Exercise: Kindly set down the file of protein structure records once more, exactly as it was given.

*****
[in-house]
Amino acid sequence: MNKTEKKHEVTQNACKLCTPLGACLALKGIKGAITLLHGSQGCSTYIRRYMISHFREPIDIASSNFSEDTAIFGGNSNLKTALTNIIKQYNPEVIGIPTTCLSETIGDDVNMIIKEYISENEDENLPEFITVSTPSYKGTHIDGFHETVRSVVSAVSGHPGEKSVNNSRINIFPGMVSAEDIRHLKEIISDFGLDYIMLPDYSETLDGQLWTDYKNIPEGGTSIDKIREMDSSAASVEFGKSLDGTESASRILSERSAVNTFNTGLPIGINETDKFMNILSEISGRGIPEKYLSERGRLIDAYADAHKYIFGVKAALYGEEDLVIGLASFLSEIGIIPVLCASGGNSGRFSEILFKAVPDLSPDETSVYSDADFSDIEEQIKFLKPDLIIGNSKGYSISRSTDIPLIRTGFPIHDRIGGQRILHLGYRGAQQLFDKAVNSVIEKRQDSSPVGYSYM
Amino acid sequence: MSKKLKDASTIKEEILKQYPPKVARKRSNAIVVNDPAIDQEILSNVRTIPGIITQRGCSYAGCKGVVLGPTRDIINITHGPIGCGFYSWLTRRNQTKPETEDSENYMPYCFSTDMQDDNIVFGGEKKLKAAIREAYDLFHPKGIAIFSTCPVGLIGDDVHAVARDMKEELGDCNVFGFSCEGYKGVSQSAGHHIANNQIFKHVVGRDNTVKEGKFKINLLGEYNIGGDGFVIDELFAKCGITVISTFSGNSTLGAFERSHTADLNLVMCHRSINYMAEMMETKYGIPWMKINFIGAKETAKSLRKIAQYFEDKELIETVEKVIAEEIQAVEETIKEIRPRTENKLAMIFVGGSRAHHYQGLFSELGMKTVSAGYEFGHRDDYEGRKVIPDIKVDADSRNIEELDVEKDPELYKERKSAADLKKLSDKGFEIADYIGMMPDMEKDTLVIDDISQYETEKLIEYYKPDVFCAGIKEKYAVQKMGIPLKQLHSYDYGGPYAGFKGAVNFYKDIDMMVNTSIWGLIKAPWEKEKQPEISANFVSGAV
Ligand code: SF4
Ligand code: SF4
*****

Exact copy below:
[in-house]
Amino acid sequence: MNKTEKKHEVTQNACKLCTPLGACLALKGIKGAITLLHGSQGCSTYIRRYMISHFREPIDIASSNFSEDTAIFGGNSNLKTALTNIIKQYNPEVIGIPTTCLSETIGDDVNMIIKEYISENEDENLPEFITVSTPSYKGTHIDGFHETVRSVVSAVSGHPGEKSVNNSRINIFPGMVSAEDIRHLKEIISDFGLDYIMLPDYSETLDGQLWTDYKNIPEGGTSIDKIREMDSSAASVEFGKSLDGTESASRILSERSAVNTFNTGLPIGINETDKFMNILSEISGRGIPEKYLSERGRLIDAYADAHKYIFGVKAALYGEEDLVIGLASFLSEIGIIPVLCASGGNSGRFSEILFKAVPDLSPDETSVYSDADFSDIEEQIKFLKPDLIIGNSKGYSISRSTDIPLIRTGFPIHDRIGGQRILHLGYRGAQQLFDKAVNSVIEKRQDSSPVGYSYM
Amino acid sequence: MSKKLKDASTIKEEILKQYPPKVARKRSNAIVVNDPAIDQEILSNVRTIPGIITQRGCSYAGCKGVVLGPTRDIINITHGPIGCGFYSWLTRRNQTKPETEDSENYMPYCFSTDMQDDNIVFGGEKKLKAAIREAYDLFHPKGIAIFSTCPVGLIGDDVHAVARDMKEELGDCNVFGFSCEGYKGVSQSAGHHIANNQIFKHVVGRDNTVKEGKFKINLLGEYNIGGDGFVIDELFAKCGITVISTFSGNSTLGAFERSHTADLNLVMCHRSINYMAEMMETKYGIPWMKINFIGAKETAKSLRKIAQYFEDKELIETVEKVIAEEIQAVEETIKEIRPRTENKLAMIFVGGSRAHHYQGLFSELGMKTVSAGYEFGHRDDYEGRKVIPDIKVDADSRNIEELDVEKDPELYKERKSAADLKKLSDKGFEIADYIGMMPDMEKDTLVIDDISQYETEKLIEYYKPDVFCAGIKEKYAVQKMGIPLKQLHSYDYGGPYAGFKGAVNFYKDIDMMVNTSIWGLIKAPWEKEKQPEISANFVSGAV
Ligand code: SF4
Ligand code: SF4